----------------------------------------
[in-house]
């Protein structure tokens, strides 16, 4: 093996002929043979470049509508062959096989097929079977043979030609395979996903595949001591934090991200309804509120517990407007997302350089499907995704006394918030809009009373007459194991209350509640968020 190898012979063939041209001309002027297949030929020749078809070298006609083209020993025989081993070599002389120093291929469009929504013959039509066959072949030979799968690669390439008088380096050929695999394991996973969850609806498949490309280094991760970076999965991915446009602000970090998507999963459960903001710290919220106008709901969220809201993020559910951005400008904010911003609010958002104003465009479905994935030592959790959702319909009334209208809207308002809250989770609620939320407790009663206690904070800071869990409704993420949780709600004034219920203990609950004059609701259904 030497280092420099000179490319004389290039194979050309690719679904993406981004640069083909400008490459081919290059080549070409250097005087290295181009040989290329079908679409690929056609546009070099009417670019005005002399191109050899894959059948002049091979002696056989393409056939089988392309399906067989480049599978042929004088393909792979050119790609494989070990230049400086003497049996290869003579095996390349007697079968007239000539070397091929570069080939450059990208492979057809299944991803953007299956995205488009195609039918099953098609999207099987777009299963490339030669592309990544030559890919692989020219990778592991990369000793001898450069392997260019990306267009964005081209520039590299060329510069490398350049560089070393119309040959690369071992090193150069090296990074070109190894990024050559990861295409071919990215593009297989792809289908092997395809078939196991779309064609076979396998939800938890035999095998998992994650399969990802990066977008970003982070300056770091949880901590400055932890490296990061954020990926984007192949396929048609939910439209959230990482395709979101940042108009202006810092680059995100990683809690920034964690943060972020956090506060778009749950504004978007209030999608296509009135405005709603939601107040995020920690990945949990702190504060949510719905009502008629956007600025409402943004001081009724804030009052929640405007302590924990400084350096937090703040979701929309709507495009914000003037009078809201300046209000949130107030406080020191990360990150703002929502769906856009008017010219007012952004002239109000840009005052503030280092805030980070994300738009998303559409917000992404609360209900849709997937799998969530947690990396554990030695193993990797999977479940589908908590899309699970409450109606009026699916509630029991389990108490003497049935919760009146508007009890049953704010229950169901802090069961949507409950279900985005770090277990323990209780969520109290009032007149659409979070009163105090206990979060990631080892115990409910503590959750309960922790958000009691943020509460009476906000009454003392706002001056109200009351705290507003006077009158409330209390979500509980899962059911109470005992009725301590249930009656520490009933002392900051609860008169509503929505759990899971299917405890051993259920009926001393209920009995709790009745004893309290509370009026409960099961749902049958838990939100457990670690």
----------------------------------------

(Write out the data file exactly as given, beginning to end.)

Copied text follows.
[in-house]
């Protein structure tokens, strides 16, 4: 093996002929043979470049509508062959096989097929079977043979030609395979996903595949001591934090991200309804509120517990407007997302350089499907995704006394918030809009009373007459194991209350509640968020 190898012979063939041209001309002027297949030929020749078809070298006609083209020993025989081993070599002389120093291929469009929504013959039509066959072949030979799968690669390439008088380096050929695999394991996973969850609806498949490309280094991760970076999965991915446009602000970090998507999963459960903001710290919220106008709901969220809201993020559910951005400008904010911003609010958002104003465009479905994935030592959790959702319909009334209208809207308002809250989770609620939320407790009663206690904070800071869990409704993420949780709600004034219920203990609950004059609701259904 030497280092420099000179490319004389290039194979050309690719679904993406981004640069083909400008490459081919290059080549070409250097005087290295181009040989290329079908679409690929056609546009070099009417670019005005002399191109050899894959059948002049091979002696056989393409056939089988392309399906067989480049599978042929004088393909792979050119790609494989070990230049400086003497049996290869003579095996390349007697079968007239000539070397091929570069080939450059990208492979057809299944991803953007299956995205488009195609039918099953098609999207099987777009299963490339030669592309990544030559890919692989020219990778592991990369000793001898450069392997260019990306267009964005081209520039590299060329510069490398350049560089070393119309040959690369071992090193150069090296990074070109190894990024050559990861295409071919990215593009297989792809289908092997395809078939196991779309064609076979396998939800938890035999095998998992994650399969990802990066977008970003982070300056770091949880901590400055932890490296990061954020990926984007192949396929048609939910439209959230990482395709979101940042108009202006810092680059995100990683809690920034964690943060972020956090506060778009749950504004978007209030999608296509009135405005709603939601107040995020920690990945949990702190504060949510719905009502008629956007600025409402943004001081009724804030009052929640405007302590924990400084350096937090703040979701929309709507495009914000003037009078809201300046209000949130107030406080020191990360990150703002929502769906856009008017010219007012952004002239109000840009005052503030280092805030980070994300738009998303559409917000992404609360209900849709997937799998969530947690990396554990030695193993990797999977479940589908908590899309699970409450109606009026699916509630029991389990108490003497049935919760009146508007009890049953704010229950169901802090069961949507409950279900985005770090277990323990209780969520109290009032007149659409979070009163105090206990979060990631080892115990409910503590959750309960922790958000009691943020509460009476906000009454003392706002001056109200009351705290507003006077009158409330209390979500509980899962059911109470005992009725301590249930009656520490009933002392900051609860008169509503929505759990899971299917405890051993259920009926001393209920009995709790009745004893309290509370009026409960099961749902049958838990939100457990670690």